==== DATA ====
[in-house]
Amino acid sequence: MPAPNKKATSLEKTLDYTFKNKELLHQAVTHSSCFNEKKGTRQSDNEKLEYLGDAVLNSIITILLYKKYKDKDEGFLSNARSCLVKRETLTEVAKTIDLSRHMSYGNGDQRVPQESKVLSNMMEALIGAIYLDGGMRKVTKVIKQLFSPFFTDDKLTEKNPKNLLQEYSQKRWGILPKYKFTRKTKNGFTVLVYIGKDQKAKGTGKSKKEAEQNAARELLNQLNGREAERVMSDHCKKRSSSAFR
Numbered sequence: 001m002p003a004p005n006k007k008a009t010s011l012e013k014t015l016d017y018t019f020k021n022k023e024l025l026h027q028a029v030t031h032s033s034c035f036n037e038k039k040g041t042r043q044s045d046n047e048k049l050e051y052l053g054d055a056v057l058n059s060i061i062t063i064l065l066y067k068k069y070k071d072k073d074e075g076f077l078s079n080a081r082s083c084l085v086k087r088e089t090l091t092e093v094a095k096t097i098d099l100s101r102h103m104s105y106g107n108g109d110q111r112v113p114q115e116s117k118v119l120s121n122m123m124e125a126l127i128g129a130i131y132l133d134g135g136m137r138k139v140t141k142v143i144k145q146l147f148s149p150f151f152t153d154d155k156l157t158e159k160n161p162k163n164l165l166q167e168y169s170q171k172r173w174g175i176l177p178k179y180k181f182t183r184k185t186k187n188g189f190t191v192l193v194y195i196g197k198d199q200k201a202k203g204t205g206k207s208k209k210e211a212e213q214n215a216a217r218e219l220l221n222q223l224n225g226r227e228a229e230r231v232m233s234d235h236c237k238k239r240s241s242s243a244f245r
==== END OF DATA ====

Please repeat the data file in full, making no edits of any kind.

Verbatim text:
[in-house]
Amino acid sequence: MPAPNKKATSLEKTLDYTFKNKELLHQAVTHSSCFNEKKGTRQSDNEKLEYLGDAVLNSIITILLYKKYKDKDEGFLSNARSCLVKRETLTEVAKTIDLSRHMSYGNGDQRVPQESKVLSNMMEALIGAIYLDGGMRKVTKVIKQLFSPFFTDDKLTEKNPKNLLQEYSQKRWGILPKYKFTRKTKNGFTVLVYIGKDQKAKGTGKSKKEAEQNAARELLNQLNGREAERVMSDHCKKRSSSAFR
Numbered sequence: 001m002p003a004p005n006k007k008a009t010s011l012e013k014t015l016d017y018t019f020k021n022k023e024l025l026h027q028a029v030t031h032s033s034c035f036n037e038k039k040g041t042r043q044s045d046n047e048k049l050e051y052l053g054d055a056v057l058n059s060i061i062t063i064l065l066y067k068k069y070k071d072k073d074e075g076f077l078s079n080a081r082s083c084l085v086k087r088e089t090l091t092e093v094a095k096t097i098d099l100s101r102h103m104s105y106g107n108g109d110q111r112v113p114q115e116s117k118v119l120s121n122m123m124e125a126l127i128g129a130i131y132l133d134g135g136m137r138k139v140t141k142v143i144k145q146l147f148s149p150f151f152t153d154d155k156l157t158e159k160n161p162k163n164l165l166q167e168y169s170q171k172r173w174g175i176l177p178k179y180k181f182t183r184k185t186k187n188g189f190t191v192l193v194y195i196g197k198d199q200k201a202k203g204t205g206k207s208k209k210e211a212e213q214n215a216a217r218e219l220l221n222q223l224n225g226r227e228a229e230r231v232m233s234d235h236c237k238k239r240s241s242s243a244f245r